Improving coastal livelihoods through sustainable aquaculture practices - the case of Tubigon, Bohol, Philippines

The objectives of this study were to:

  • Characterise the coral reef fisheries in Tubigon, Bohol, Philippines.
  • Derive lessons from the management interventions to eliminate unsustainable fishing practices and improve coastal livelihoods employed by various groups in Tubigon.

The key questions that this study is attempting to answer are:

  • How can recent advances in aquaculture of grouper (including mudcrab and lobster) and reef fisheries help improve coastal community livelihoods and prevent unsustainable and destructive practices?
  • Is there a role for the private sector in eliminating unsustainable fishing practices and improving coastal livelihoods?

The thesis that a strategy to improve coastal livelihoods would be likely to deal with assetbuilding and strengthening policies, institutions and processes is proven correct. All the components in both areas figured as key elements of a strategy to improve coastal livelihoods. Any management intervention in an area with the same problems Tubigon had in the past should first analyze what has been done in each of the components of the above strategy, and build on these. This means that the intervention does not have to be integrated, but the analysis that would shape the design of the intervention should be holistic.

Introduction of aquaculture projects to improve coastal livelihoods therefore should not be done in isolation but should be informed by such a strategy. Specifically, aquaculture projects should not be introduced if there is no adequate social preparation and if the rationale of the project (poverty eradication) is not clear to project beneficiaries. 

The possible role of the private sector in the above can either be very or focused on supporting aquaculture projects. There is a clear role for the private sector in investing in non-fishery-related industries that can absorb human resources who would otherwise have no choice but to add themselves to the burgeoning number of people dependent on the resource. The obvious role of the private sector in promoting sustainable aquaculture projects is to assist in marketing its produce. Less obvious roles include helping with initiatives to deny a market for fish caught through illegal means and exploring possibilities of integrating within price structures of the fish a development fund that could be used to fund aquaculture-related research initiatives.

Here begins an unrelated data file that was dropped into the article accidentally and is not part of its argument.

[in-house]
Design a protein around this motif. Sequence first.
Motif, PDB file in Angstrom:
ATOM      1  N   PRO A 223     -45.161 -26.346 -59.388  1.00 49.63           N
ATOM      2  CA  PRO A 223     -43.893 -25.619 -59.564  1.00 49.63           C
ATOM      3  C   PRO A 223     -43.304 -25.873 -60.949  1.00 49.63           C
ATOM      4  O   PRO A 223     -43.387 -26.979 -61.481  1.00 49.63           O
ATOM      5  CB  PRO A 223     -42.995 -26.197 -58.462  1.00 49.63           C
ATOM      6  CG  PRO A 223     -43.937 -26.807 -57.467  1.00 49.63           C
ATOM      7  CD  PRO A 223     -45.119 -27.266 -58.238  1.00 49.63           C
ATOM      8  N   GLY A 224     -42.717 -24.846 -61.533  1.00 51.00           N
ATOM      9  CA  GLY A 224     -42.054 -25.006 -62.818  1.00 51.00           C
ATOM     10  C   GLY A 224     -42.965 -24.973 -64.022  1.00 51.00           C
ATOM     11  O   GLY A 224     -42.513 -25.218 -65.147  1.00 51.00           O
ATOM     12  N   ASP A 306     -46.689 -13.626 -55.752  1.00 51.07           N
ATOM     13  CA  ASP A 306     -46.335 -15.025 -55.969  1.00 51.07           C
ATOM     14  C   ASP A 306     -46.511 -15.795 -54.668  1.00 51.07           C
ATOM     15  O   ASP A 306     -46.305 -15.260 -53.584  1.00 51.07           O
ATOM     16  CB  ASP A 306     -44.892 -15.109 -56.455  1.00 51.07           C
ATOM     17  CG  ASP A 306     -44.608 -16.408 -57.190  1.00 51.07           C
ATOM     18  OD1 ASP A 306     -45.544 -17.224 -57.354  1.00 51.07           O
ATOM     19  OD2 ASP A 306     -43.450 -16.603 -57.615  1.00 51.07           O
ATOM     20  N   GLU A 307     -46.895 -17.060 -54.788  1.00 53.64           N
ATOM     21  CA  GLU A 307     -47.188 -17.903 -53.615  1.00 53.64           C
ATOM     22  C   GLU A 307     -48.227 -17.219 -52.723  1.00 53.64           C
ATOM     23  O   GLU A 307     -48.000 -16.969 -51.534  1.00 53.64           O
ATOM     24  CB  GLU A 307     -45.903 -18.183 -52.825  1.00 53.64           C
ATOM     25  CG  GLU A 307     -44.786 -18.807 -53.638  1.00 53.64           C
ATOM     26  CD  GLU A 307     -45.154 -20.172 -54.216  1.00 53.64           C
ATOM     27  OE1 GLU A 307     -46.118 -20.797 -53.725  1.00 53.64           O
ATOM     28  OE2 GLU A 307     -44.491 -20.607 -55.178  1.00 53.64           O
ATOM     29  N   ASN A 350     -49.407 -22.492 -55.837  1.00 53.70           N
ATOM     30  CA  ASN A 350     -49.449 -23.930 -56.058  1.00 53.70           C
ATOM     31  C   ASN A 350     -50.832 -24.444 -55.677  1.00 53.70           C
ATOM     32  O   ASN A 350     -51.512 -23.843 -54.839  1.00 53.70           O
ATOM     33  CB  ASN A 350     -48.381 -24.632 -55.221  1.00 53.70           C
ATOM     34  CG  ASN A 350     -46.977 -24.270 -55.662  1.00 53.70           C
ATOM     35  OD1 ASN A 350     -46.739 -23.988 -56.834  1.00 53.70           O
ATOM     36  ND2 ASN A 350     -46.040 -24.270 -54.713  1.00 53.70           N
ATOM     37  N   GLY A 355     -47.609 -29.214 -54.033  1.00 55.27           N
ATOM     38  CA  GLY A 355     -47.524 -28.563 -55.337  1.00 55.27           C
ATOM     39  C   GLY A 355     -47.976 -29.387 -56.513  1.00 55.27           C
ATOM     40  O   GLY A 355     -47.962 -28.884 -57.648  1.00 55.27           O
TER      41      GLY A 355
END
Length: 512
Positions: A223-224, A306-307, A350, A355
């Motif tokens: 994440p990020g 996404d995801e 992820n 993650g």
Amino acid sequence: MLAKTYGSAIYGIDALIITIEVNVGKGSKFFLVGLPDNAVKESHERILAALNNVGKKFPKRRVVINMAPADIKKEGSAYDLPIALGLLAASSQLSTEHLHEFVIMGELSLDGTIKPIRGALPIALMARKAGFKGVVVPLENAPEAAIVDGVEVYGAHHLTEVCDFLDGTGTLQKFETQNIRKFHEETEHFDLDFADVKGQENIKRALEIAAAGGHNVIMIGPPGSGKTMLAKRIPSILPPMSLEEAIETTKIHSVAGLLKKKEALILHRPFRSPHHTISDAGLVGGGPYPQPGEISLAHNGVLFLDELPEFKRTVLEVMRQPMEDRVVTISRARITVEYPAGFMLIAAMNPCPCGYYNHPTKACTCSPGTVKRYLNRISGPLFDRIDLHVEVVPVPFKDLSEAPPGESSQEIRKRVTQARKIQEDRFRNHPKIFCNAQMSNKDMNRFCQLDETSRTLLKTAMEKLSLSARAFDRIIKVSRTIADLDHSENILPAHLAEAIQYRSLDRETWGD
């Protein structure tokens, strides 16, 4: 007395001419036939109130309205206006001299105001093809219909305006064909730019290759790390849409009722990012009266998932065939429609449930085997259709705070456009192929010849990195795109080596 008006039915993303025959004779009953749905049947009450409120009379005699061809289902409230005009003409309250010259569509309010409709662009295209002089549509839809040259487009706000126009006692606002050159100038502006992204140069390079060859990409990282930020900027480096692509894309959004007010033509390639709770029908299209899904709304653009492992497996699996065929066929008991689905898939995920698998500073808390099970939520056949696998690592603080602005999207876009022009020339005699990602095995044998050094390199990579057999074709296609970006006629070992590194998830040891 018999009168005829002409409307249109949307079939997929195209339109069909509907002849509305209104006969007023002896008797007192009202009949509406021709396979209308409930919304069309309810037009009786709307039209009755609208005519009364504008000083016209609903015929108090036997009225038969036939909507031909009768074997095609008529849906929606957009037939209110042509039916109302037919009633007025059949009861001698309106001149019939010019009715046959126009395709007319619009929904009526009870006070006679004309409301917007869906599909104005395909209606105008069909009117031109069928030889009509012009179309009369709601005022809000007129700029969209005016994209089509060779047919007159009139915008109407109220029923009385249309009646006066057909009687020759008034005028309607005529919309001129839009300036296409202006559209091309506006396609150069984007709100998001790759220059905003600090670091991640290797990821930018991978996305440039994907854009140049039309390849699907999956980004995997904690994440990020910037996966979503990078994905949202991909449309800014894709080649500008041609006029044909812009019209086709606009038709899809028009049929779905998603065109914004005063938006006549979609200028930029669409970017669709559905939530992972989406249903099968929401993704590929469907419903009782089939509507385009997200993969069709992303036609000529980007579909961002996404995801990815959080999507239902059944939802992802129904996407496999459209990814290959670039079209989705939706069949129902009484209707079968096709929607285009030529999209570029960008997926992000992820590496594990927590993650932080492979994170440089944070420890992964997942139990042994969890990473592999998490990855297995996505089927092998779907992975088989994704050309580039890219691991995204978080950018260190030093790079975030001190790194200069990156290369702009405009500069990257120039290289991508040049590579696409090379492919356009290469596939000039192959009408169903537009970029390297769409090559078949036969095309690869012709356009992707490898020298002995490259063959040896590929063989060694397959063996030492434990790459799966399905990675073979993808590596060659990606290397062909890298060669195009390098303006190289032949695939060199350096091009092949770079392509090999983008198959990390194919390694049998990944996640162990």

Grouper aquaculture is not a big industry in the Philippines yet, and therefore it is not yet attracting a lot of investment. In fact, businesspersons we were able to interview complained about the total absence of support from the fishery-related national agencies of the government. It seems before the private sector can be encouraged to support sustainable aquaculture initiatives, the fishery-related agencies of the national government must first demonstrate that it has the political will to craft a sustainable development framework for fisheries in the country that would provide a good balance between food production and resource protection and conservation.


Publisher: APEC Secretariat

Rights: Copyright, all rights reserved.


Improving coastal livelihoods through sustainable aquaculture practices: Full report

Wild-harvest fisheries for live reef fish are largely over-exploited or unsustainable. Sustainable aquaculture – such as that of groupers – is one option for meeting increasing demand for reef fish as well as potentially maintaining livelihoods of coastal communities. This report draws upon secondary literature, media sources and four diverse case studies from at-risk reef fisheries, to frame a strategy for encouraging sustainable aquaculture as an alternative to destructive fishing practices. It was commissioned by the APEC Secretariat.